Personality disorders appear when a person’s way of being, thinking and feeling moves away from normality, altering their daily functioning, producing discomfort and preventing them from adapting to everyday life situations (on a social, professional, personal level,…).
Today we will know a very specific disorder, the emotional instability disorder of the personality , characterized by a marked impulsivity together with an unstable and capricious mood.
ICD-10 and DSM-5 Disorder
Emotional instability disorder of the personality is a disorder included within the ICD-10, but not in the DSM-5 (Diagnostic and Statistical Manual of Mental Disorders). The ICD-10 classification for personality disorders, compared to the DSM-5, is more complex and structured.
The ICD-10 (International Classification of Diseases) groups personality disorders into different categories:
- Specific personality disorders (where Emotional Disturbance is found)
- Mixed disorders and other personality disorders
- Persistent personality transformations.
It defines Emotional Disturbance of Personality as the existence of a marked predisposition to act in an impulsive way without considering the consequences, together with an unstable and capricious mood.
In this pattern of behavior, the capacity to plan is minimal and intense outbursts of anger are frequent , which lead to violent attitudes or explosive manifestations; these are easily provoked when the subject receives criticism or is frustrated in his impulsive acts.
There are two variants of this personality disorder, which share the general aspects of impulsivity and lack of self-control. They are as follows.
Emotional instability disorder of the impulsive type
It is characterized by emotional instability and lack of impulse control . In addition, there are frequent outbursts of violence or threatening behaviour, especially when faced with criticism from others.
It includes for its diagnosis the Explosive and Aggressive Personality and the Explosive and Aggressive Personality Disorder, and excludes for its diagnosis the Dissociative Personality Disorder.
Borderline personality disorder
It shows characteristics of emotional instability, and also distortions of the body image, of the objectives themselves and of the intimate image (which are presented in a confused or altered way).
There is also a feeling of emptiness and the ease of becoming involved in intense and unstable interpersonal relationships, which can generate repeated emotional crises and be accompanied by a succession of suicidal threats or self-aggression. Self-destructive acts can also occur without clear precipitating factors. A tendency towards self-harm thus appears .
It includes for its diagnosis the borderline personality and the borderline personality disorder.
In DSM-5, ICD-10 borderline emotional instability personality disorder corresponds to borderline personality disorder (BPD).
Impulsivity treatment and impulse control
Let’s see how these two personality disorders can be treated in the clinical setting.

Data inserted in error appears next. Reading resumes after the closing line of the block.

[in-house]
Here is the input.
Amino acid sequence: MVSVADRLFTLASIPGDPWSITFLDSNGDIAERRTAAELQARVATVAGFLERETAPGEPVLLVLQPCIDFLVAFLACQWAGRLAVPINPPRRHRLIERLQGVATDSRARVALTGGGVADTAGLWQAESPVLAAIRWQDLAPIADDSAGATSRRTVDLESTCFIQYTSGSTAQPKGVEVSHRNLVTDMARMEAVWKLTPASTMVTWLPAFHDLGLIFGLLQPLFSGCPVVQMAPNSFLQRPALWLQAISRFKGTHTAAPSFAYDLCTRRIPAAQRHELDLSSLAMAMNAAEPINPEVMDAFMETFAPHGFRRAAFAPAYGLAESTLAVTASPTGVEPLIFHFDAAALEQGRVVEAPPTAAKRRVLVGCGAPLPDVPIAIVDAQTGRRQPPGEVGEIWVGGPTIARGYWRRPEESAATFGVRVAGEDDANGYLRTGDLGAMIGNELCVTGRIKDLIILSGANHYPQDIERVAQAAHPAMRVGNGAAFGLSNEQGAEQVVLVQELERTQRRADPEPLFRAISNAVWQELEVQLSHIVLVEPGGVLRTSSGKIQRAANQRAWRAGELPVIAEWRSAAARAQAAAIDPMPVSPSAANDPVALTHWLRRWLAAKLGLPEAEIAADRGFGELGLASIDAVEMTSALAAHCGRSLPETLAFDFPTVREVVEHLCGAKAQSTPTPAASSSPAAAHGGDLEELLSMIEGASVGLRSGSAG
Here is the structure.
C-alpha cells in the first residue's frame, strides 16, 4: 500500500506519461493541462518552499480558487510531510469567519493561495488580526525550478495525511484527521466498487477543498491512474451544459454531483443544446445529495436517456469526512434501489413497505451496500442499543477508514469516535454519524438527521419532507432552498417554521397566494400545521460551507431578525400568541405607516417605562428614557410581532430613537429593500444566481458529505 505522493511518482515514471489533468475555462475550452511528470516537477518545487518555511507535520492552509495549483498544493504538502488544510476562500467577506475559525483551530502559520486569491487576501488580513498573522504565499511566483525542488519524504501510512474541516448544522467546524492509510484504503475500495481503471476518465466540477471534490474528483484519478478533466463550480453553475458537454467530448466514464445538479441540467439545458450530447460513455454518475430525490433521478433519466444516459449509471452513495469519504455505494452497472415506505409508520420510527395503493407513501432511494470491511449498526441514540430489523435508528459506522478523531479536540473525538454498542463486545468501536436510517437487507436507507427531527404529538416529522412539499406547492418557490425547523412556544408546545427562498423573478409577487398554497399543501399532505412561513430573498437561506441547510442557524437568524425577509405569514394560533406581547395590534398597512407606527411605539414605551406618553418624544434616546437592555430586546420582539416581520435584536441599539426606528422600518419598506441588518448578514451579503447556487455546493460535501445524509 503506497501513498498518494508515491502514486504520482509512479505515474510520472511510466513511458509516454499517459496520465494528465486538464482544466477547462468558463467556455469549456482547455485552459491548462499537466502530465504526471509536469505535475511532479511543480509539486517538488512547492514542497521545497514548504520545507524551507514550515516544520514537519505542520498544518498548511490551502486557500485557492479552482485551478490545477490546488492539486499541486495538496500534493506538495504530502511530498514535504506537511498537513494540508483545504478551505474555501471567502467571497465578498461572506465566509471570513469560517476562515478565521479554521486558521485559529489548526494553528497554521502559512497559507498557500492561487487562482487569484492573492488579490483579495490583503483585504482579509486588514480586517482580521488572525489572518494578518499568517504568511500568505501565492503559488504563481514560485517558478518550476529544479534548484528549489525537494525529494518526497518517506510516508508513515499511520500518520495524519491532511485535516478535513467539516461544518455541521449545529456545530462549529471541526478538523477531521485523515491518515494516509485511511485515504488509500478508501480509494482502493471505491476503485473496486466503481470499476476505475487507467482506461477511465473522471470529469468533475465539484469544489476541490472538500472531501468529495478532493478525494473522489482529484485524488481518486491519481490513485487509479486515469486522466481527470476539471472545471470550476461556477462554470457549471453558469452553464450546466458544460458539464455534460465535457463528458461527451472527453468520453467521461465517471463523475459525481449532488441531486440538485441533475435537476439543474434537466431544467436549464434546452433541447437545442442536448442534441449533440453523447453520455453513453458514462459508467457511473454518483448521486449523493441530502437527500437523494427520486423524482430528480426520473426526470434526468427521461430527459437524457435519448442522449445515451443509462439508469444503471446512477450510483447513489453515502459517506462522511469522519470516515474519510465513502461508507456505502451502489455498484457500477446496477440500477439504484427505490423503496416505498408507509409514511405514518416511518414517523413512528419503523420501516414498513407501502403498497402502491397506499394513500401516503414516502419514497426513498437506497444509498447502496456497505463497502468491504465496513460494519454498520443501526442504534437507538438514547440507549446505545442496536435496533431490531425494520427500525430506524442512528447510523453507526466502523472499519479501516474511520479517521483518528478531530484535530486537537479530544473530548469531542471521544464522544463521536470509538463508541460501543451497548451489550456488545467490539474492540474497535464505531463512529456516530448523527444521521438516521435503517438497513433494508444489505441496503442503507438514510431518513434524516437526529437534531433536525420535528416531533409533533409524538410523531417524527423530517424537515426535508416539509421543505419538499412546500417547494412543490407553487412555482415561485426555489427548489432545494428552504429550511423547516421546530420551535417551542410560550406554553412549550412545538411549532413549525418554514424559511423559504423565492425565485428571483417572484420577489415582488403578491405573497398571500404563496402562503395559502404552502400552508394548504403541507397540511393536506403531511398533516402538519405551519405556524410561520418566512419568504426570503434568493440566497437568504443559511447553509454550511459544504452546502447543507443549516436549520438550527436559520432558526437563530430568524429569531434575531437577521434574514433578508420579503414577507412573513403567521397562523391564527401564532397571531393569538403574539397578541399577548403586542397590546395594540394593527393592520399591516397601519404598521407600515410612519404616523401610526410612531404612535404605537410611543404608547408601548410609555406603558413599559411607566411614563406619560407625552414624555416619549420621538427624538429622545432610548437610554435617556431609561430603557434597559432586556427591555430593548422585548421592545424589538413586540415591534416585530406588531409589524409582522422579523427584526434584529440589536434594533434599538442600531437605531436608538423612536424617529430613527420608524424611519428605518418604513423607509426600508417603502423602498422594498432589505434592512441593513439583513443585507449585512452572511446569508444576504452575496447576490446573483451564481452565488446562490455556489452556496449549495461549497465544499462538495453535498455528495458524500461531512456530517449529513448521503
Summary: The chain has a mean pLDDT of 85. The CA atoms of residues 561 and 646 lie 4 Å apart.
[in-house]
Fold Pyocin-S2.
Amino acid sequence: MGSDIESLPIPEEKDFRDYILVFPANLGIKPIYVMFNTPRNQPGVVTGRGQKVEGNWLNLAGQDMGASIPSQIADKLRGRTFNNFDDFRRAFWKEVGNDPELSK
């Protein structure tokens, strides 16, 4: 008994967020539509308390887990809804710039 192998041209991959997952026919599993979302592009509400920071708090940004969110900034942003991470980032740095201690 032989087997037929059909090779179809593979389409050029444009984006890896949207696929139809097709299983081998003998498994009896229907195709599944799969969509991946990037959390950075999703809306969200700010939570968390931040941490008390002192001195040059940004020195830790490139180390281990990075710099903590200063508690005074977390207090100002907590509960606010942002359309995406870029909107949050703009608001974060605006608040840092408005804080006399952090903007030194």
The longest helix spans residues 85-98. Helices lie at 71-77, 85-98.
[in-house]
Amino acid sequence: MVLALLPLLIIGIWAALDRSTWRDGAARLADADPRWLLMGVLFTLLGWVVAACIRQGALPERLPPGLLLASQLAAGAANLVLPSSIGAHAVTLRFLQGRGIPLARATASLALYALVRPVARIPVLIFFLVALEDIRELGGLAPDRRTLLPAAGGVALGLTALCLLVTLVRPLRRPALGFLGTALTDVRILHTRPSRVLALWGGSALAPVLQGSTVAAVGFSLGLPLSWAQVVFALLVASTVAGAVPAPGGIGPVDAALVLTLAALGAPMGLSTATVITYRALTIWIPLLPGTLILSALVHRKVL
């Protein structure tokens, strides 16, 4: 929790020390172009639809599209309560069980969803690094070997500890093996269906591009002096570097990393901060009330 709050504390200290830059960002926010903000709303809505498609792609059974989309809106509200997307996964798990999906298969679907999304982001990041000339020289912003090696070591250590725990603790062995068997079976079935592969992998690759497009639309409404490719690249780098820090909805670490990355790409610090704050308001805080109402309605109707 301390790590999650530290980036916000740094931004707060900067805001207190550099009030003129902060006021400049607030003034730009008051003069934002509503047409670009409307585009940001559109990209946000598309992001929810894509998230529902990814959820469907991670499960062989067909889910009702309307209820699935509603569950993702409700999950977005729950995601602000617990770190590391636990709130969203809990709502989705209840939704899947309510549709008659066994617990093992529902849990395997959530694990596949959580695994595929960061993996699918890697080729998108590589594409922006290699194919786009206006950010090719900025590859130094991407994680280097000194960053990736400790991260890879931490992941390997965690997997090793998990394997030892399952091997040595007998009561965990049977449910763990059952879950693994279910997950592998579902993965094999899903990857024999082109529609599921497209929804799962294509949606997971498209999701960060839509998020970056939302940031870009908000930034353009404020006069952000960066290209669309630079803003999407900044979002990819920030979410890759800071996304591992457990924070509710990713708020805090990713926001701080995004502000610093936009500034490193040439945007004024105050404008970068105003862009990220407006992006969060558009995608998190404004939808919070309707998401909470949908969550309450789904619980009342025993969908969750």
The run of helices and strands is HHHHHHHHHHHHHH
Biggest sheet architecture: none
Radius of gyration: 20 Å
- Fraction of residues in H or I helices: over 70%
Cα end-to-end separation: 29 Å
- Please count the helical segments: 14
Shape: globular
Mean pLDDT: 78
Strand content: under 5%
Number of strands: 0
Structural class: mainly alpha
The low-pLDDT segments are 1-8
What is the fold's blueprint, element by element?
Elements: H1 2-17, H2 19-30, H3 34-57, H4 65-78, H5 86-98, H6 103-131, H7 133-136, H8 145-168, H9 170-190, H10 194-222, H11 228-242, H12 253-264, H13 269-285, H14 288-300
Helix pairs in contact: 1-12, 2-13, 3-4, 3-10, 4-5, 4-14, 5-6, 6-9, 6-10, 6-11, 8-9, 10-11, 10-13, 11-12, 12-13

Focusing on the first subtype, emotional instability disorder of the impulsive type personality, we can differentiate two areas to be treated: impulsivity and impulse control.
For impulsivity, training techniques in self-instruction and problem solving have been proposed (although the former are more focused on children and adolescents, they can also be used in adults).
Training in self-instruction is a technique by which the subject gives himself a set of orders or instructions for the autonomous regulation of his own behaviour.
The aim is to provide the child or adolescent with a way of acting quickly and effectively to achieve success in a task or a behaviour , preventing him/her from acting impulsively.
The problem-solving technique, on the other hand, aims at solving problems through well-defined steps and with the division of the problem into small parts.
For impulse control, on a psychological and behavioural level, exposure techniques with response prevention can be used (e.g. for the pathological gambling associated with such a personality disorder), together with cognitive therapy.
At a pharmacological level, the following may be used for impulse control: neuroleptics, antidepressants, lithium and antiepileptic drugs, among others.
Treatment of borderline personality disorder
The therapy that has so far proven most effective for borderline personality disorder is dialectical behavior therapy, developed by psychiatrist Marsha Linehan in the late 1990s.
Therapy approaches BPD as an emotional dysregulation disorder. It follows an integrative approach, and is based on behavioral and cognitive principles along with elements of Mindfulness.
It is appropriate for cases of LPD where suicide attempts have been made; it also treats the symptoms of depression, anxiety, anger, impulsivity, and impulse control that are characteristic of the disorder. It consists of 3 fundamental strategies: change, acceptance and dialectical understanding. The 4 treatment modalities are: individual therapy, telephone contact, therapist consultation and group skills training.
- WHO (1992), CIE-10. Tenth revision of the international classification of diseases. Mental and behavioural disorders. Clinical description and diagnostic guidelines. Madrid: Ed. Médico.
- Gempeler, J. (2008). Dialectical behaviour therapy. Rev. Colomb. Psychiatry, 37(1).
- Roncero, C., Rodríguez-Urrutia, A., Grau-López, L. and Casas, M. (2009). Impulse control disorders and treatment with antiepileptic drugs. Proceedings. Psychiatry, 37(4), 205-2012.